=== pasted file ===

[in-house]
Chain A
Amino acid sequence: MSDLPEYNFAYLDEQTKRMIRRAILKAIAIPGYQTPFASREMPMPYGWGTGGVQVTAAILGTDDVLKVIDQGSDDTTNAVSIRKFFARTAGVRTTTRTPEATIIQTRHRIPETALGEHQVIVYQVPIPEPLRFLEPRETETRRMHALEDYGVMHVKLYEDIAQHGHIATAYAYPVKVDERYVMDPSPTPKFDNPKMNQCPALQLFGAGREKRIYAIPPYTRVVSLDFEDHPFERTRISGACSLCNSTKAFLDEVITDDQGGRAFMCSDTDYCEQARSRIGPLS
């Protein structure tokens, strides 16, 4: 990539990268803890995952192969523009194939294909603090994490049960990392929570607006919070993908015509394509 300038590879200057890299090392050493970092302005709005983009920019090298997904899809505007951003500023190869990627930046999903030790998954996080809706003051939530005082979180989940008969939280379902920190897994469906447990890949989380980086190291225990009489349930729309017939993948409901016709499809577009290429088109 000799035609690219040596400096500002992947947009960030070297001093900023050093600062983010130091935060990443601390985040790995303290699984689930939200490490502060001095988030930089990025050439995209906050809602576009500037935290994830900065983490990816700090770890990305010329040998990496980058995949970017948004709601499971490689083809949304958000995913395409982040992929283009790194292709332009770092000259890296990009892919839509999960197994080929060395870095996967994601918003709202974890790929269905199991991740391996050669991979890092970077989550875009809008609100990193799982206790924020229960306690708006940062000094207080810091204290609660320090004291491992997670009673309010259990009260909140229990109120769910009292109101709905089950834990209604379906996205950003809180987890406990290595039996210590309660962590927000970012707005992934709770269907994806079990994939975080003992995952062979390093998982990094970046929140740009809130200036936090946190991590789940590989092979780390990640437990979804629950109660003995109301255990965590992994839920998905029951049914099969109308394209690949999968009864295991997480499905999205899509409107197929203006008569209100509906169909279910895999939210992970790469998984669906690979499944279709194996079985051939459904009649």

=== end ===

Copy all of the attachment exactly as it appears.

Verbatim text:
[in-house]
Chain A
Amino acid sequence: MSDLPEYNFAYLDEQTKRMIRRAILKAIAIPGYQTPFASREMPMPYGWGTGGVQVTAAILGTDDVLKVIDQGSDDTTNAVSIRKFFARTAGVRTTTRTPEATIIQTRHRIPETALGEHQVIVYQVPIPEPLRFLEPRETETRRMHALEDYGVMHVKLYEDIAQHGHIATAYAYPVKVDERYVMDPSPTPKFDNPKMNQCPALQLFGAGREKRIYAIPPYTRVVSLDFEDHPFERTRISGACSLCNSTKAFLDEVITDDQGGRAFMCSDTDYCEQARSRIGPLS
């Protein structure tokens, strides 16, 4: 990539990268803890995952192969523009194939294909603090994490049960990392929570607006919070993908015509394509 300038590879200057890299090392050493970092302005709005983009920019090298997904899809505007951003500023190869990627930046999903030790998954996080809706003051939530005082979180989940008969939280379902920190897994469906447990890949989380980086190291225990009489349930729309017939993948409901016709499809577009290429088109 000799035609690219040596400096500002992947947009960030070297001093900023050093600062983010130091935060990443601390985040790995303290699984689930939200490490502060001095988030930089990025050439995209906050809602576009500037935290994830900065983490990816700090770890990305010329040998990496980058995949970017948004709601499971490689083809949304958000995913395409982040992929283009790194292709332009770092000259890296990009892919839509999960197994080929060395870095996967994601918003709202974890790929269905199991991740391996050669991979890092970077989550875009809008609100990193799982206790924020229960306690708006940062000094207080810091204290609660320090004291491992997670009673309010259990009260909140229990109120769910009292109101709905089950834990209604379906996205950003809180987890406990290595039996210590309660962590927000970012707005992934709770269907994806079990994939975080003992995952062979390093998982990094970046929140740009809130200036936090946190991590789940590989092979780390990640437990979804629950109660003995109301255990965590992994839920998905029951049914099969109308394209690949999968009864295991997480499905999205899509409107197929203006008569209100509906169909279910895999939210992970790469998984669906690979499944279709194996079985051939459904009649």